I will always remember a conversation I had with Dr. Jack Arbiser, the Thomas J. Lawley Professor of Dermatology at Emory University, where he summarized the history of crucial medications. Antibiotic use started in the 1930s and helped end death from infections such as syphilis, tuberculosis, and bacterial pneumonia. Corticosteroids such as prednisone came about in the 1950s, and helped patients suffering from autoimmune diseases such as lupus and rheumatoid arthritis. By the 1960s, physicians learned that long-term prednisone was not a good long-term treatment plan for many because of its side effects. Non-prednisone immunosuppressant medications came about in the 1970s. These medications are still used today and commonly used in transplant patients to prevent rejection of their transplanted organ. Today, biologics, which are medications that target certain proteins of the immune system, help conditions such as psoriasis, rheumatoid arthritis, Crohns disease and even cancer. The history of medicine is amazing. What else will it bring in the years to come?
The reason we walk through the history of these medicines is to remind us of the good they have done throughout the years. But remember, all medications carry benefits and risks. It is up to physicians and patients to make informed decisions about their use together.
This discussion will focus on over the counter (OTC) hydrocortisone, a medication used as an anti-itch and anti-inflammatory to treat conditions such as bug bite reactions and mild skin rashes. The question we will answer today is: is hydrocortisone cream safe for babies?
Hydrocortisone is a corticosteroid that works as an anti-inflammatory agent. Topical corticosteroids have been around in medicine for more than 50 years and are used to treat skin conditions such as eczema, psoriasis, autoimmune diseases such as lupus, lymphoma, drug reactions and rashes, and severe allergic reactions. It reduces redness, itching, swelling, and other discomfort caused by these significant skin conditions, as well as the more common skin conditions such as bug bites, poison ivy, skin allergies, and mild eczema. In mild eczema, topical OTC hydrocortisone helps to minimize the itch-scratch cycle.
Topical hydrocortisone is found in both over-the-counter (OTC) and prescription strengths and is found in a variety of forms including creams, lotions, ointments, spray, gel, foam, and stick. In the USA, topical corticosteroids are categorized into seven categories, based upon their strength and potency. Category I is the strongest and VII is the weakest. OTC 1% hydrocortisone falls into category VII and is known to be one of the weakest topical corticosteroids. Even though it is one of the weakest corticosteroids, OTC 1% hydrocortisone should be respected as a medication and not over used.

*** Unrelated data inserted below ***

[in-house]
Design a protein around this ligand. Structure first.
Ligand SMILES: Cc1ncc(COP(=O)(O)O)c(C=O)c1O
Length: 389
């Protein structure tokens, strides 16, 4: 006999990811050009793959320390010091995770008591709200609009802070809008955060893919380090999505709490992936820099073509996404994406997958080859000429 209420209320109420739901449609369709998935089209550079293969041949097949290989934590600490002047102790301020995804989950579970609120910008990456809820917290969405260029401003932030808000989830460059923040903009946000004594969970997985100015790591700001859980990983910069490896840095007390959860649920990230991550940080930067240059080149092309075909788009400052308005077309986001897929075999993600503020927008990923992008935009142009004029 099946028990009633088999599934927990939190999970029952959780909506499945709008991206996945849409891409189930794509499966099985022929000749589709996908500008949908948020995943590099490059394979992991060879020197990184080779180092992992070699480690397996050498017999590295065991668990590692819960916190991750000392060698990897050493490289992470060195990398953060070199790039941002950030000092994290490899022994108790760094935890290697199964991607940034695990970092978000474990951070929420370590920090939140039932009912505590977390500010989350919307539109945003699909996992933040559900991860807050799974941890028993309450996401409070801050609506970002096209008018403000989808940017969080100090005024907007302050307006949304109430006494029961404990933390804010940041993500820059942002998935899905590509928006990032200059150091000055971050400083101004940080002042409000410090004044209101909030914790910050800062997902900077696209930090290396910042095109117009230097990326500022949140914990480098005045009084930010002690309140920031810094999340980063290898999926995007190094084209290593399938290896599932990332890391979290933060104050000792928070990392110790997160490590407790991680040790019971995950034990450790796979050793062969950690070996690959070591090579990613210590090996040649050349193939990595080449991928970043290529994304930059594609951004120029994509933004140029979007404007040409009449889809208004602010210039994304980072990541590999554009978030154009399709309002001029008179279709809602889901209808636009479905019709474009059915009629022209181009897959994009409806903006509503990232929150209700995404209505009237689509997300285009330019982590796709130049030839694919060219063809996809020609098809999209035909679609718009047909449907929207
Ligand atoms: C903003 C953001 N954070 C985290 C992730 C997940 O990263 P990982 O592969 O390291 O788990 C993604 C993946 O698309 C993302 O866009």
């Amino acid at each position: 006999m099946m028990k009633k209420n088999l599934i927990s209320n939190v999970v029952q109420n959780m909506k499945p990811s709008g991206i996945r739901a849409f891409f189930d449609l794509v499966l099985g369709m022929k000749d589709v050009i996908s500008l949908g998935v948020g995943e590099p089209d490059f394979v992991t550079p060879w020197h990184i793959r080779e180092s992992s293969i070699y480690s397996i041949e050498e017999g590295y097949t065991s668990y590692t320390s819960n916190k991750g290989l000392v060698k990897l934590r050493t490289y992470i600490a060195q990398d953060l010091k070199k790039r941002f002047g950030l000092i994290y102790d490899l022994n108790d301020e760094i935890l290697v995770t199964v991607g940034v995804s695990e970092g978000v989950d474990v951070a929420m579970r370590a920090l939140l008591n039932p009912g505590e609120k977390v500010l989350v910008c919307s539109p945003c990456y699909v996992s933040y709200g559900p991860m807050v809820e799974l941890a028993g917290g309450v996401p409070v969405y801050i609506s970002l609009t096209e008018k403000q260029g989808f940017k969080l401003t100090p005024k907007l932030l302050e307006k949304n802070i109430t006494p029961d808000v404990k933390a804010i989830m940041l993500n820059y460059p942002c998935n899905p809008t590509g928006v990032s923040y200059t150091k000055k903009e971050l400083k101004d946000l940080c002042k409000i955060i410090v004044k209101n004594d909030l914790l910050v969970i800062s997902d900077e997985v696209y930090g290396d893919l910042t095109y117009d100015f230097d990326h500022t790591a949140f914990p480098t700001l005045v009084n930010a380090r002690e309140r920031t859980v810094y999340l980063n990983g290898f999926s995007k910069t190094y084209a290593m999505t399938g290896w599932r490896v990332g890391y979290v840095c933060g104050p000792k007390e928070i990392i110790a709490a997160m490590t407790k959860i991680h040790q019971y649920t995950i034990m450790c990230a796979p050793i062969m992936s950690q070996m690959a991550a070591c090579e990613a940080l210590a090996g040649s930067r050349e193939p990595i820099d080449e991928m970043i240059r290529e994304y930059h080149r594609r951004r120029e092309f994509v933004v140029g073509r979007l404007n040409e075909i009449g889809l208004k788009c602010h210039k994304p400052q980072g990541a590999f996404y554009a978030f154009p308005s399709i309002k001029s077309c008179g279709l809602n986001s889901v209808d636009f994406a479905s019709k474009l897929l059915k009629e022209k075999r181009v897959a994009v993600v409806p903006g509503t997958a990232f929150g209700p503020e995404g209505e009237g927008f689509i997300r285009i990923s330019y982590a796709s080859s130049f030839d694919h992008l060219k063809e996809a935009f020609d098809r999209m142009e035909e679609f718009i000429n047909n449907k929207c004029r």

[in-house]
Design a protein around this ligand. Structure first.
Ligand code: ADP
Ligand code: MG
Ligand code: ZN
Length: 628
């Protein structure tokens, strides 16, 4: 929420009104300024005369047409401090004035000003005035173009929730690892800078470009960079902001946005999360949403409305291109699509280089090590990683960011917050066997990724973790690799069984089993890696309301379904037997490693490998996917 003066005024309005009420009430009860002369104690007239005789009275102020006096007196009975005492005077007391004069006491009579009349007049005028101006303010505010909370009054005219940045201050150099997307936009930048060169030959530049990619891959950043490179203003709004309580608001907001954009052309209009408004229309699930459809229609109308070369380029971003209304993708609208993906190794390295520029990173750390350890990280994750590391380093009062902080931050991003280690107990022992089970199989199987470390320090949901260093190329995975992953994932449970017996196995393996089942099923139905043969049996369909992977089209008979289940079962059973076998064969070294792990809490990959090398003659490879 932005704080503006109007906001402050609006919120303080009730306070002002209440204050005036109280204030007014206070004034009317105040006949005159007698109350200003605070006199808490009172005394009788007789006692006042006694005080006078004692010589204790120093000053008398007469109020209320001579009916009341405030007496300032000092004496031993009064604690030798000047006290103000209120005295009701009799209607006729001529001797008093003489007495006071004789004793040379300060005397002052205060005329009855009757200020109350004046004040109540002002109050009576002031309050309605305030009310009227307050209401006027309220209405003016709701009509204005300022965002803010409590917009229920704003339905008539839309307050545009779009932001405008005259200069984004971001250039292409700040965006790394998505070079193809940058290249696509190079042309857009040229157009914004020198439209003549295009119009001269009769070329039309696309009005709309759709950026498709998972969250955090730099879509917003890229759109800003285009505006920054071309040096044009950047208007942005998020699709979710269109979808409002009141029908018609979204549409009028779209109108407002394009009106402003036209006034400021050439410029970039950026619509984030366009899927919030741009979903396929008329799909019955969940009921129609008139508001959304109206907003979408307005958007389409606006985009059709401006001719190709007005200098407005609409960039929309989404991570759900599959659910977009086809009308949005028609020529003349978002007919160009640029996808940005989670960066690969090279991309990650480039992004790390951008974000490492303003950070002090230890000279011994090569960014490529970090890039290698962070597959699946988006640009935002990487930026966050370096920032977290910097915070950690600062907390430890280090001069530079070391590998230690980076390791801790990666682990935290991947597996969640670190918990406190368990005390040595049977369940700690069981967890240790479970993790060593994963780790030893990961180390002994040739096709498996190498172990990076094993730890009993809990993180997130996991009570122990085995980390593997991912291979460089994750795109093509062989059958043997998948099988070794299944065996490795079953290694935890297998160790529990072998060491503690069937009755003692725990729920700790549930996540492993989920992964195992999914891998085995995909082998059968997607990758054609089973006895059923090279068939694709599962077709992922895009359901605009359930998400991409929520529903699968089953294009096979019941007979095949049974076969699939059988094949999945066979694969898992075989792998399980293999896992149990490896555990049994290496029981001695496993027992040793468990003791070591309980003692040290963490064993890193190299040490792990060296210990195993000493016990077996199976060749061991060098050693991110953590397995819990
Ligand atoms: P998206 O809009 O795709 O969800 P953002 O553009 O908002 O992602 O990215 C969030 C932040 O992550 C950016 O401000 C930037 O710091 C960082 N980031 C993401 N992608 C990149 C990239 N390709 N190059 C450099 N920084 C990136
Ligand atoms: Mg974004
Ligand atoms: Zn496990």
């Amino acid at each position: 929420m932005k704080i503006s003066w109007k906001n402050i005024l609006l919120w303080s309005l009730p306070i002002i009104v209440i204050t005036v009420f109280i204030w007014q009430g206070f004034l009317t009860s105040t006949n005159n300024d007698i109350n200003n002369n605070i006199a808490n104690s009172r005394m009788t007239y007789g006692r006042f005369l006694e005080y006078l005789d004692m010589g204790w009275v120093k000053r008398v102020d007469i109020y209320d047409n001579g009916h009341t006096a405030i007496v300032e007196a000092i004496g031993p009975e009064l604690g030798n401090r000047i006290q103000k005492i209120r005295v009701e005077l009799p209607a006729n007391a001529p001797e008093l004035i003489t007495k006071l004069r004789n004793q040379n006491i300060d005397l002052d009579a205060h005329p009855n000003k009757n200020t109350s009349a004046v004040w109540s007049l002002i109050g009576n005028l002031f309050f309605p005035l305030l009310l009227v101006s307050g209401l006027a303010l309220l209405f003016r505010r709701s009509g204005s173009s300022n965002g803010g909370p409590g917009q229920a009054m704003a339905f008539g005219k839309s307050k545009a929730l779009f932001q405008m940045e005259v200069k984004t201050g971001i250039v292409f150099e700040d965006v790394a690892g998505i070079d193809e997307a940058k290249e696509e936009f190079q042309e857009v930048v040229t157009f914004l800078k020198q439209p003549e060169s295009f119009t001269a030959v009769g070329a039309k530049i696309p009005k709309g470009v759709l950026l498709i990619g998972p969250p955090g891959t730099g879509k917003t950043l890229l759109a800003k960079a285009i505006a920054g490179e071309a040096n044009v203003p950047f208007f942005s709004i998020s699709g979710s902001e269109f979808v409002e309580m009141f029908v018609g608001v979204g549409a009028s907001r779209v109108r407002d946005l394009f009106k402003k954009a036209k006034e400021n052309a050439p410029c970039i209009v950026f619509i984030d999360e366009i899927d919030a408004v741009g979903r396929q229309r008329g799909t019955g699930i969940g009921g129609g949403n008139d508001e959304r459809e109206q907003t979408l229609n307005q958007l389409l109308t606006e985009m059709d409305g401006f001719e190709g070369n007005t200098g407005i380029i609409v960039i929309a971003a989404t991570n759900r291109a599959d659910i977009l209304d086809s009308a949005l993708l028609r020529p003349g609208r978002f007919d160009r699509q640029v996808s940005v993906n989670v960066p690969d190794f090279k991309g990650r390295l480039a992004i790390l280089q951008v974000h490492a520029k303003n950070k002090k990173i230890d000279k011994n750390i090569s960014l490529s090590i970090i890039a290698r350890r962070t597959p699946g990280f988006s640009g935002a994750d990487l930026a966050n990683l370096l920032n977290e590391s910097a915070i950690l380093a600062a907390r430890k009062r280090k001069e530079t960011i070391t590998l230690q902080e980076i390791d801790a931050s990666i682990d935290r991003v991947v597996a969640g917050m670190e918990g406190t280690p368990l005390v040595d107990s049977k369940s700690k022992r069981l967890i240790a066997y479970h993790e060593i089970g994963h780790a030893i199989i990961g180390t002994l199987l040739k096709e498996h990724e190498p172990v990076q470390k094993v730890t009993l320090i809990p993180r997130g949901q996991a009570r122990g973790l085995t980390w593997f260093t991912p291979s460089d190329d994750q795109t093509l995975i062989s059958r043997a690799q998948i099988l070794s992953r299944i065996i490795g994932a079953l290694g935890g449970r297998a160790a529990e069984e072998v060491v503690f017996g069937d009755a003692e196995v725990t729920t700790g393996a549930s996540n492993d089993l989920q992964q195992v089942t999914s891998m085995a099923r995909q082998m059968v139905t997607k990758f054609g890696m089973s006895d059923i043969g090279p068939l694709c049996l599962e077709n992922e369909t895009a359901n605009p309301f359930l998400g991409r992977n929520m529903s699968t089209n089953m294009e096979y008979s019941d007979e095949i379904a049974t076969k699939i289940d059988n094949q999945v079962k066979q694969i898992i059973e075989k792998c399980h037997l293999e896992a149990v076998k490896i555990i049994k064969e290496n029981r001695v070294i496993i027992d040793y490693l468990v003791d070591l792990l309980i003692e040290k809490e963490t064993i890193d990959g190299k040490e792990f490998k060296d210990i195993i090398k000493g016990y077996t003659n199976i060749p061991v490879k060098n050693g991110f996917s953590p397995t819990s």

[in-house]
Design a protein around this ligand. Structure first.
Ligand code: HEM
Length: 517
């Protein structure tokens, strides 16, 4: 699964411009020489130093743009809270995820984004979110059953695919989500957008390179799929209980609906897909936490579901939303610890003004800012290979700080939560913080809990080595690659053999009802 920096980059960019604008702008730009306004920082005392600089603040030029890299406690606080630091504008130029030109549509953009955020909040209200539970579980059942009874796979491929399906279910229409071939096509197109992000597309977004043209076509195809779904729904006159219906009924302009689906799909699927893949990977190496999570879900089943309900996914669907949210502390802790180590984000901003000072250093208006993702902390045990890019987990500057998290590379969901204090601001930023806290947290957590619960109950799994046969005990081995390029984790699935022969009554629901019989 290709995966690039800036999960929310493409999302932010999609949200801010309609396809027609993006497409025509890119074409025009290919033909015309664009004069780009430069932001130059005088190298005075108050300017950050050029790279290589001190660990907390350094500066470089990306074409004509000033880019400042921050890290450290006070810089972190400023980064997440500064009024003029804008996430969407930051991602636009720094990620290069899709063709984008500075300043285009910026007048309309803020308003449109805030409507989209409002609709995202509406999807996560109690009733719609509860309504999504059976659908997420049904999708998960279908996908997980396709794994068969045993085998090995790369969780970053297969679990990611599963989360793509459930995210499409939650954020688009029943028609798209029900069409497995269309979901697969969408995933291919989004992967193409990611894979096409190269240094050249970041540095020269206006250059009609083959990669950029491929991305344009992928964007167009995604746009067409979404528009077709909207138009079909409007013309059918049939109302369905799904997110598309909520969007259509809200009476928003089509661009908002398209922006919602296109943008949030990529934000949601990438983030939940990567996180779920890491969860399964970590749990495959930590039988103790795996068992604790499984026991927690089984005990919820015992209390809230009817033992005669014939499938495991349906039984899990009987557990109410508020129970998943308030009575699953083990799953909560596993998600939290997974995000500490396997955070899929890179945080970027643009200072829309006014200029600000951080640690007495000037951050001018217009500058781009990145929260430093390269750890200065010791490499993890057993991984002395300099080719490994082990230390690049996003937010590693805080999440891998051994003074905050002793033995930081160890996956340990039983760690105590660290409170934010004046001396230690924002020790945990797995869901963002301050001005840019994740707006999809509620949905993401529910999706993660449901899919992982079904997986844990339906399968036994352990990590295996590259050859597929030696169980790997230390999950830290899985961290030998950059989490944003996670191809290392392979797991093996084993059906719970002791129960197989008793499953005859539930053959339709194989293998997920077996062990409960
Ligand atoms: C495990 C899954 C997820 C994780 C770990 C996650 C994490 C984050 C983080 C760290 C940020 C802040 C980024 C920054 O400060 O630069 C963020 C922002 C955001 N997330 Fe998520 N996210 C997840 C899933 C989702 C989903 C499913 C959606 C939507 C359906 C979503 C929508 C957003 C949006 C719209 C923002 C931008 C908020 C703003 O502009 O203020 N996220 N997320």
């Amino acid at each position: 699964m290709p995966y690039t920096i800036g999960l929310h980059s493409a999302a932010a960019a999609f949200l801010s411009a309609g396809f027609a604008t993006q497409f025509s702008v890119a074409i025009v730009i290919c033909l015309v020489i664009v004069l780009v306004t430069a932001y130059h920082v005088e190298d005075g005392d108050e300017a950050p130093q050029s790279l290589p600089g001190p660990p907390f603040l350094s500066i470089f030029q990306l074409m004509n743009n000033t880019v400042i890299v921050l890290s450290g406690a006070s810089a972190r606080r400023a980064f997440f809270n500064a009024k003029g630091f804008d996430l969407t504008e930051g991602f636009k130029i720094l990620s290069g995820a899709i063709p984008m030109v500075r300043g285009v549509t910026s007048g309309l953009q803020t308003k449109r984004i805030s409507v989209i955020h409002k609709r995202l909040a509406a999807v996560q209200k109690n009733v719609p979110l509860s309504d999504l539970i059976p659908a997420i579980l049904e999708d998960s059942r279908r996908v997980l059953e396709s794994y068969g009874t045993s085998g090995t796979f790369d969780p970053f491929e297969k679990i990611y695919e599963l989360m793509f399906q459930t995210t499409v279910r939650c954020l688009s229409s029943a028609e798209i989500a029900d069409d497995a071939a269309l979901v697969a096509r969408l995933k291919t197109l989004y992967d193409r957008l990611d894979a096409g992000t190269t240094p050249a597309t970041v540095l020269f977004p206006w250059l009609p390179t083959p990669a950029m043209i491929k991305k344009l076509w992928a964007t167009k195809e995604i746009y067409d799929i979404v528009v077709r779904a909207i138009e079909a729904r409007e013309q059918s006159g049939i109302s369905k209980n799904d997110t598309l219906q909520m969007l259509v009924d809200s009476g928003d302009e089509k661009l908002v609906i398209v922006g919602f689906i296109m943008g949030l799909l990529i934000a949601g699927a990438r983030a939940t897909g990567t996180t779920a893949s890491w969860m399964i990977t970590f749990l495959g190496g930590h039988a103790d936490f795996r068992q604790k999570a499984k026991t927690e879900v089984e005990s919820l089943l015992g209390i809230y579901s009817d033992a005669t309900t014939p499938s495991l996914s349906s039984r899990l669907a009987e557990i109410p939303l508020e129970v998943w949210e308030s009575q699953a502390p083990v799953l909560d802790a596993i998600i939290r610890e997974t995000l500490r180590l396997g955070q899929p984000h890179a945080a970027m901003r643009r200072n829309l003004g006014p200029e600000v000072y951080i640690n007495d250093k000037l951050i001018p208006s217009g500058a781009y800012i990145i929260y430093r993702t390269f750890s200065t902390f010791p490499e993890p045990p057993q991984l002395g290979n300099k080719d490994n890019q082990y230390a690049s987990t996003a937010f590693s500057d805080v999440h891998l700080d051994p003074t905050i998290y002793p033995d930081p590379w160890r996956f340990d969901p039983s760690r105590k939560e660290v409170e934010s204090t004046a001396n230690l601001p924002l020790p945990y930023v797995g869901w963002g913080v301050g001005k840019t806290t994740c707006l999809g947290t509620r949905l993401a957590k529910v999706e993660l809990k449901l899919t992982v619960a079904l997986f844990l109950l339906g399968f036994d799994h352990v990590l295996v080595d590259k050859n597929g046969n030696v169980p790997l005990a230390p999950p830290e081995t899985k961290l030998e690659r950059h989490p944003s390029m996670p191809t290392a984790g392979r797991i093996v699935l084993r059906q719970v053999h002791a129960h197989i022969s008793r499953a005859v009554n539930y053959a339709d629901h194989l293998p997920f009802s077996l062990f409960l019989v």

As for the proper use of a topical hydrocortisone and other corticosteroids, it is very important that you use this medicine only as directed by your doctor. In children, OTC 1% hydrocortisone is intended for use in children over the age of two. It can be used safely with babies when used in small amounts and for short periods of time. The Baby Pibu team recommends that parents contact a physician before using Baby Pibu Rash Relief, which contains 1% hydrocortisone.
As a rule of thumb, if you are treating a rash with topical hydrocortisone and you do not see significant improvement after three days, you should contact your physician for further supervision. Also, if you are finding yourself using OTC topical hydrocortisone once a week, it could mean that you are developing chronic use of the corticosteroid and you should contact a physician. Topical hydrocortisone can be used on all body parts but should not be used for extended periods of time on the face, groin and backs of knees and elbows. Do not use topical hydrocortisone for the treatment of diaper rash.
As with any medicine, there can be significant side effects from the long-time use of topical hydrocortisone. Long-term use of a topical corticosteroid (no matter if weak or strong) can lead to the thinning of skin and formation of grooves. Chronic use can also lead to loss of pigmentation (color) in the skin. If used all over the body for extended periods of time, there can be widespread absorption of the hydrocortisone that could potentially lead to adrenal gland dysfunction.
Topical OTC 1% hydrocortisone can significantly help common baby skin conditions such as mild flare ups of eczema, drool rash, baby acne, cradle cap, and bug bite reactions. Because it is an anti-inflammatory agent, it can provide relief for itchy, uncomfortable babies. However, before using an OTC 1% hydrocortisone cream, talk with your doctor and make sure it’s safe for your baby. And remember, hydrocortisone is a medicine, and while medicines are amazing and have made tremendous progress over the years, there are still risks associated with them. The bottom line: is hydrocortisone cream safe for babies? Yes. Just be sure to keep talking with your doctor and use them as directed.
For more information on hydrocortisone use with babies and the whole family, read the following: